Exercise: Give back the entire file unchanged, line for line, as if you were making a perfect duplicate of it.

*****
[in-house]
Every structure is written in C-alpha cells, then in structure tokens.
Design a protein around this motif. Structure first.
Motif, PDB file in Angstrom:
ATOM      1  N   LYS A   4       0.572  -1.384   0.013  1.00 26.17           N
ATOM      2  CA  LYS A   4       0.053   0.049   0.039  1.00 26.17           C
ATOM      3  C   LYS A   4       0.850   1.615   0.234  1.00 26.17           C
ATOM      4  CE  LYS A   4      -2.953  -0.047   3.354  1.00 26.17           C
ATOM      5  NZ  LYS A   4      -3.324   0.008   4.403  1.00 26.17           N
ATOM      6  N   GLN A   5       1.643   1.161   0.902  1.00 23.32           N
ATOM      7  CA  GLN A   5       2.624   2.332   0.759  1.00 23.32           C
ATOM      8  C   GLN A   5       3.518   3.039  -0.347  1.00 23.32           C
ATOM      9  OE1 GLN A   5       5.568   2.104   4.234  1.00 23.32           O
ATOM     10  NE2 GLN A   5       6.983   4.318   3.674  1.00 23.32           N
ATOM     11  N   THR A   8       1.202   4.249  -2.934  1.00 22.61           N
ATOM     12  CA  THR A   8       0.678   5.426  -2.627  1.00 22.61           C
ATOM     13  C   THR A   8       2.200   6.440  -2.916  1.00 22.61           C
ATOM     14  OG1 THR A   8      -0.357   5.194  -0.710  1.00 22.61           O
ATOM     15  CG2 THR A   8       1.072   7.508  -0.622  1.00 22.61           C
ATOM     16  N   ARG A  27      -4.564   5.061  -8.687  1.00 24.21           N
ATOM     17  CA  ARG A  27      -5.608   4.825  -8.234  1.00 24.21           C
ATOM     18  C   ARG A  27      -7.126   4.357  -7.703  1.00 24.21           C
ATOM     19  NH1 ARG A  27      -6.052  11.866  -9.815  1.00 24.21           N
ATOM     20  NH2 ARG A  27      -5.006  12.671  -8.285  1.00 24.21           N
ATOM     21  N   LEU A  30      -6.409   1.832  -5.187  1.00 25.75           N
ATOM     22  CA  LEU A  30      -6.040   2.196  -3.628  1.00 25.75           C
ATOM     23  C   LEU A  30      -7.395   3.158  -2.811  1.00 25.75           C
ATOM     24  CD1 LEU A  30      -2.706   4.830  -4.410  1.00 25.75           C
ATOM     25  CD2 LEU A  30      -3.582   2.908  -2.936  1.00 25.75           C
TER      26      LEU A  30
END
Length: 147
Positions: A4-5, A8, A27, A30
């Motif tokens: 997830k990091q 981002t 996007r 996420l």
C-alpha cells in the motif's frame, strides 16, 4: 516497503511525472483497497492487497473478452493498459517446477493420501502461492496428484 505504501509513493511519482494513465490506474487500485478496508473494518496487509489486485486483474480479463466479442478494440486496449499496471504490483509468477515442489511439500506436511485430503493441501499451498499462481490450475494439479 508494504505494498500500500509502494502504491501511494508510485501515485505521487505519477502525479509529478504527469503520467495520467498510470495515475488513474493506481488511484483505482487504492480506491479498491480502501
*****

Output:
[in-house]
Every structure is written in C-alpha cells, then in structure tokens.
Design a protein around this motif. Structure first.
Motif, PDB file in Angstrom:
ATOM      1  N   LYS A   4       0.572  -1.384   0.013  1.00 26.17           N
ATOM      2  CA  LYS A   4       0.053   0.049   0.039  1.00 26.17           C
ATOM      3  C   LYS A   4       0.850   1.615   0.234  1.00 26.17           C
ATOM      4  CE  LYS A   4      -2.953  -0.047   3.354  1.00 26.17           C
ATOM      5  NZ  LYS A   4      -3.324   0.008   4.403  1.00 26.17           N
ATOM      6  N   GLN A   5       1.643   1.161   0.902  1.00 23.32           N
ATOM      7  CA  GLN A   5       2.624   2.332   0.759  1.00 23.32           C
ATOM      8  C   GLN A   5       3.518   3.039  -0.347  1.00 23.32           C
ATOM      9  OE1 GLN A   5       5.568   2.104   4.234  1.00 23.32           O
ATOM     10  NE2 GLN A   5       6.983   4.318   3.674  1.00 23.32           N
ATOM     11  N   THR A   8       1.202   4.249  -2.934  1.00 22.61           N
ATOM     12  CA  THR A   8       0.678   5.426  -2.627  1.00 22.61           C
ATOM     13  C   THR A   8       2.200   6.440  -2.916  1.00 22.61           C
ATOM     14  OG1 THR A   8      -0.357   5.194  -0.710  1.00 22.61           O
ATOM     15  CG2 THR A   8       1.072   7.508  -0.622  1.00 22.61           C
ATOM     16  N   ARG A  27      -4.564   5.061  -8.687  1.00 24.21           N
ATOM     17  CA  ARG A  27      -5.608   4.825  -8.234  1.00 24.21           C
ATOM     18  C   ARG A  27      -7.126   4.357  -7.703  1.00 24.21           C
ATOM     19  NH1 ARG A  27      -6.052  11.866  -9.815  1.00 24.21           N
ATOM     20  NH2 ARG A  27      -5.006  12.671  -8.285  1.00 24.21           N
ATOM     21  N   LEU A  30      -6.409   1.832  -5.187  1.00 25.75           N
ATOM     22  CA  LEU A  30      -6.040   2.196  -3.628  1.00 25.75           C
ATOM     23  C   LEU A  30      -7.395   3.158  -2.811  1.00 25.75           C
ATOM     24  CD1 LEU A  30      -2.706   4.830  -4.410  1.00 25.75           C
ATOM     25  CD2 LEU A  30      -3.582   2.908  -2.936  1.00 25.75           C
TER      26      LEU A  30
END
Length: 147
Positions: A4-5, A8, A27, A30
């Motif tokens: 997830k990091q 981002t 996007r 996420l």
C-alpha cells in the motif's frame, strides 16, 4: 516497503511525472483497497492487497473478452493498459517446477493420501502461492496428484 505504501509513493511519482494513465490506474487500485478496508473494518496487509489486485486483474480479463466479442478494440486496449499496471504490483509468477515442489511439500506436511485430503493441501499451498499462481490450475494439479 508494504505494498500500500509502494502504491501511494508510485501515485505521487505519477502525479509529478504527469503520467495520467498510470495515475488513474493506481488511484483505482487504492480506491479498491480502501